Basal bolus regimens require a higher degree of mental skill to coordinate the appropriate rapid-acting insulin dose to carbohydrate intake. The risk of inappropriate dosing is higher with this regimen and it can become too confusing for both the patient and the carer or nursing staff. As tight glycaemic control is not required in these patients and due to the multiple injections required, this regimen is not ideal for patients with dementia. However, a modified regimen may have its place. This may involve a basal insulin with ‘as required’ rapid-acting insulin depending on blood sugar readings to avoid hypoglycaemia, significant hyperglycaemia or ketonaemia. This, of course, will need adept carers and ideally a nursing home situation with 24 hour care due to the risks of hypoglycaemia. A detailed management plan with glycaemic thresholds for administering the rapid-acting insulin must be agreed to by the primary, secondary and carer teams.

Long-acting insulin regimens, either by themselves or in addition to oral therapy, are useful for preventing hyperglycaemia and keeping sugars reasonable without aiming for tight control. Ultralong-acting insulin (degludec) may be useful due to reduced nocturnal hypoglycaemic episodes, but only if the patient has recurring hypoglycaemia at night despite other insulin therapy or significant variability in blood sugars with no improvement following dose titration.

Mixed insulins are generally ideal in most patients with dementia requiring insulin therapy who have regular meals. Care needs to be taken in patients who start to reduce their oral intake in order to avoid hypoglycaemic episodes as, in some cases, swinging glucose levels between hypoglycaemic episodes and hyperglycaemia can prove problematic and difficult to control due to the rigidity of mixed insulin dosing. In such situations, insulin administration may sometimes be delayed until sufficient amounts of food have been consumed, accepting the lag time in blood sugar control. However, if assessed regularly, these insulins and regimens can be effective.

Analogue insulins are associated with fewer severe hypoglycaemic episodes and may be of benefit in these patients; however, as tight glycaemic control is not the aim, one could question whether the insulin type would make much difference.38 A study assessing oral agents versus insulin analogues in nursing home patients, and specifically dementia, found that rapid and long-acting insulin analogues were associated with a reduced risk of hypoglycaemia compared with sulfonylurea or metformin/sulfonylurea combination.39

Regimens and management suggestions

The management of patients with diabetes and dementia requires considerable thought and continuous review. There needs to be an ongoing assessment of the patient’s self-management skills, not just with food intake but with the ability to administer medication appropriately. This should be extended to the patient’s caregivers and their needs or abilities. Specialists should bear both of these in mind when devising an appropriate regimen and deciding glycaemic targets (both of which are subject to change and evolution).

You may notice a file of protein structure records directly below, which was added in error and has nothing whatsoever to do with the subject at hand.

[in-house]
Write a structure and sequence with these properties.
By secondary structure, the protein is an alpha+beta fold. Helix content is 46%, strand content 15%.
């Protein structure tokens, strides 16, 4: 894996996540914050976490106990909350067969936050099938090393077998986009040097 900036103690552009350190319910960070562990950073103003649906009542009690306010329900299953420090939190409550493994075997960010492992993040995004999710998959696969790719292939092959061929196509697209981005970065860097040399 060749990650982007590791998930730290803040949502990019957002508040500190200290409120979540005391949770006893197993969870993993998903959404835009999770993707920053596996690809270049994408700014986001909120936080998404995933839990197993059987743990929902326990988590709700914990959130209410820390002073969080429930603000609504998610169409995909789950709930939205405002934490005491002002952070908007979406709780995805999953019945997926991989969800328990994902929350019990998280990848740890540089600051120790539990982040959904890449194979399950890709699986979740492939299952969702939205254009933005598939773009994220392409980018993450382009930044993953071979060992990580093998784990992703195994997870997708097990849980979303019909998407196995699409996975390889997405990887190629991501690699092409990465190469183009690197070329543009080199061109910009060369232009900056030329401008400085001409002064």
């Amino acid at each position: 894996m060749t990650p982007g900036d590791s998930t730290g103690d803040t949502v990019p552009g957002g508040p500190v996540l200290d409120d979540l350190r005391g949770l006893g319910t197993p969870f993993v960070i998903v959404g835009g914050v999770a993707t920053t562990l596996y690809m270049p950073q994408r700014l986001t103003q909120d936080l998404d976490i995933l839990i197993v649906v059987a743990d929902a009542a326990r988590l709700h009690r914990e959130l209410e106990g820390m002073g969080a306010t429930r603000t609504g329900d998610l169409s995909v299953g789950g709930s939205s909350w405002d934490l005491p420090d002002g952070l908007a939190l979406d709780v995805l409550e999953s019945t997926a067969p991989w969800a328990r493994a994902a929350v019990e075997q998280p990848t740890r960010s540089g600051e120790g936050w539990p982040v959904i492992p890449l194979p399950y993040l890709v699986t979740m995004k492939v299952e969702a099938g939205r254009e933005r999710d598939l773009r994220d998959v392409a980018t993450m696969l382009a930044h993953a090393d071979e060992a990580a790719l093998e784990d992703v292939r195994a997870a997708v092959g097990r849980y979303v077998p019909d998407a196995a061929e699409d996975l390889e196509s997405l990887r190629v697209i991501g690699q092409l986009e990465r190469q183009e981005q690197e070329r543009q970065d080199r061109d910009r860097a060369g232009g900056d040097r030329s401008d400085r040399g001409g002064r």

A written glycaemic control plan for individual patients by the specialist teams, especially if they are in a nursing home setting, provides a clear and patient-centred approach aiding clarity for the caregivers and avoiding unnecessary hospital admissions. The previously mentioned TREND guidance discusses the roles of specialists and carers in some detail, as well as their respective roles in assessing nutritional intake, hyperglycaemia and hypoglycaemia management and overall management specifically in a care home setting.25

The least complicated and easiest to follow regimen is the most appropriate one for such patients. Oral therapy with a minimal risk of hypoglycaemia – usually metformin or a DDP-4 inhibitor – is the first-line choice; a combination of these agents can be used where a second agent is required. For alternative second-line oral therapy, pioglitazone or rapid-acting secretagogues (meglitinides or short half-life sulfonylureas in low dose) may be acceptable for intensification with due consideration of the risks and benefits compared with insulin therapy. If high doses of sulfonylurea are required or the patient suffers recurrent hypoglycaemic episodes, then medication review is required to evaluate the hypoglycaemia risk and consider insulin therapy (either as sole therapy or with appropriate oral medication), or even stepdown of therapy.

The frequency of HbA1c review is dependent on various individual factors but needs to be appropriate to aid decision making in stepping up or down of therapy. However, it should be at the very least once a year.



The incidence and prevalence of diabetes and dementia are rapidly rising and adequate time and thought needs to be invested in avoiding uncontrolled diabetes in these patients. Despite the variety of therapeutic options available, there are limited benefits of many therapies in such patients. With the exception of metformin, DPP-4 inhibitors and to some extent meglitinides, non-insulin therapy has a limited role. Insulin therapy, if initiated with a specified goal in mind and due consideration on avoidance of hypoglycaemic episodes with relatively lax glycaemic targets, is the most straightforward way of managing glycaemia.

Therapy should be individualised with involvement of the patient’s care team, and clear instructions need to be put in place to define roles, goals of therapy and need for regular review.

Conflict of interest None.

Funding None.

Author contributions AP and RNKP were involved in all aspects of this article and both wrote the article with RNKP directing the content and reviewing the document.